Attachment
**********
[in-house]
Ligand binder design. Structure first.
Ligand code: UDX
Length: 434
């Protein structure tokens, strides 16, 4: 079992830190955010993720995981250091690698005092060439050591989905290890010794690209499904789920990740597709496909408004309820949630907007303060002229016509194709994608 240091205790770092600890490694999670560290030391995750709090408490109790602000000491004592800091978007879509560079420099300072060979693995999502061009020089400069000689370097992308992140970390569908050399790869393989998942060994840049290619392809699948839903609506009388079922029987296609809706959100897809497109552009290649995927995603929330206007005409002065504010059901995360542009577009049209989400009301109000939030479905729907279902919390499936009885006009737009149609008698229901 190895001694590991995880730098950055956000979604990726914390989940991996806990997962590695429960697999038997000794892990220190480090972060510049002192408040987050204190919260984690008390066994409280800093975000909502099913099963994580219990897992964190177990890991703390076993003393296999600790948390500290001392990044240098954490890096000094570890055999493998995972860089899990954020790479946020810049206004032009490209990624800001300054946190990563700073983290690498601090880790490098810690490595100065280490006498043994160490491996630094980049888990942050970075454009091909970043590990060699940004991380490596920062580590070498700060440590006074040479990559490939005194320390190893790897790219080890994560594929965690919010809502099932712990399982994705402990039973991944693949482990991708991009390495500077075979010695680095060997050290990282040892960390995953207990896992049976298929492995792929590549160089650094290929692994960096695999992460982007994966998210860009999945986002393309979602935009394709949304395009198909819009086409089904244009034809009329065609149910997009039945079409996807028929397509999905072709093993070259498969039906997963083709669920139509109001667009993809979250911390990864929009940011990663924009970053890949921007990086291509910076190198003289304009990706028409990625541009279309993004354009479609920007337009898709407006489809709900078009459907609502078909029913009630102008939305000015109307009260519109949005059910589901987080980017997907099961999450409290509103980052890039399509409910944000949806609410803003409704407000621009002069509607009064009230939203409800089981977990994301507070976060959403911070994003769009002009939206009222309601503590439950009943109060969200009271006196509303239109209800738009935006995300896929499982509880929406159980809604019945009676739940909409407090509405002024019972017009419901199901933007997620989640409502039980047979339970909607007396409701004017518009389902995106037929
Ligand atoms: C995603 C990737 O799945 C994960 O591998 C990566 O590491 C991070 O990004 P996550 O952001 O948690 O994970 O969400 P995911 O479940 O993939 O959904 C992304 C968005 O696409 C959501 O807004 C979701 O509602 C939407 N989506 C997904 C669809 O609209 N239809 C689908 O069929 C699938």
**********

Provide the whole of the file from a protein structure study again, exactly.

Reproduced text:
[in-house]
Ligand binder design. Structure first.
Ligand code: UDX
Length: 434
């Protein structure tokens, strides 16, 4: 079992830190955010993720995981250091690698005092060439050591989905290890010794690209499904789920990740597709496909408004309820949630907007303060002229016509194709994608 240091205790770092600890490694999670560290030391995750709090408490109790602000000491004592800091978007879509560079420099300072060979693995999502061009020089400069000689370097992308992140970390569908050399790869393989998942060994840049290619392809699948839903609506009388079922029987296609809706959100897809497109552009290649995927995603929330206007005409002065504010059901995360542009577009049209989400009301109000939030479905729907279902919390499936009885006009737009149609008698229901 190895001694590991995880730098950055956000979604990726914390989940991996806990997962590695429960697999038997000794892990220190480090972060510049002192408040987050204190919260984690008390066994409280800093975000909502099913099963994580219990897992964190177990890991703390076993003393296999600790948390500290001392990044240098954490890096000094570890055999493998995972860089899990954020790479946020810049206004032009490209990624800001300054946190990563700073983290690498601090880790490098810690490595100065280490006498043994160490491996630094980049888990942050970075454009091909970043590990060699940004991380490596920062580590070498700060440590006074040479990559490939005194320390190893790897790219080890994560594929965690919010809502099932712990399982994705402990039973991944693949482990991708991009390495500077075979010695680095060997050290990282040892960390995953207990896992049976298929492995792929590549160089650094290929692994960096695999992460982007994966998210860009999945986002393309979602935009394709949304395009198909819009086409089904244009034809009329065609149910997009039945079409996807028929397509999905072709093993070259498969039906997963083709669920139509109001667009993809979250911390990864929009940011990663924009970053890949921007990086291509910076190198003289304009990706028409990625541009279309993004354009479609920007337009898709407006489809709900078009459907609502078909029913009630102008939305000015109307009260519109949005059910589901987080980017997907099961999450409290509103980052890039399509409910944000949806609410803003409704407000621009002069509607009064009230939203409800089981977990994301507070976060959403911070994003769009002009939206009222309601503590439950009943109060969200009271006196509303239109209800738009935006995300896929499982509880929406159980809604019945009676739940909409407090509405002024019972017009419901199901933007997620989640409502039980047979339970909607007396409701004017518009389902995106037929
Ligand atoms: C995603 C990737 O799945 C994960 O591998 C990566 O590491 C991070 O990004 P996550 O952001 O948690 O994970 O969400 P995911 O479940 O993939 O959904 C992304 C968005 O696409 C959501 O807004 C979701 O509602 C939407 N989506 C997904 C669809 O609209 N239809 C689908 O069929 C699938």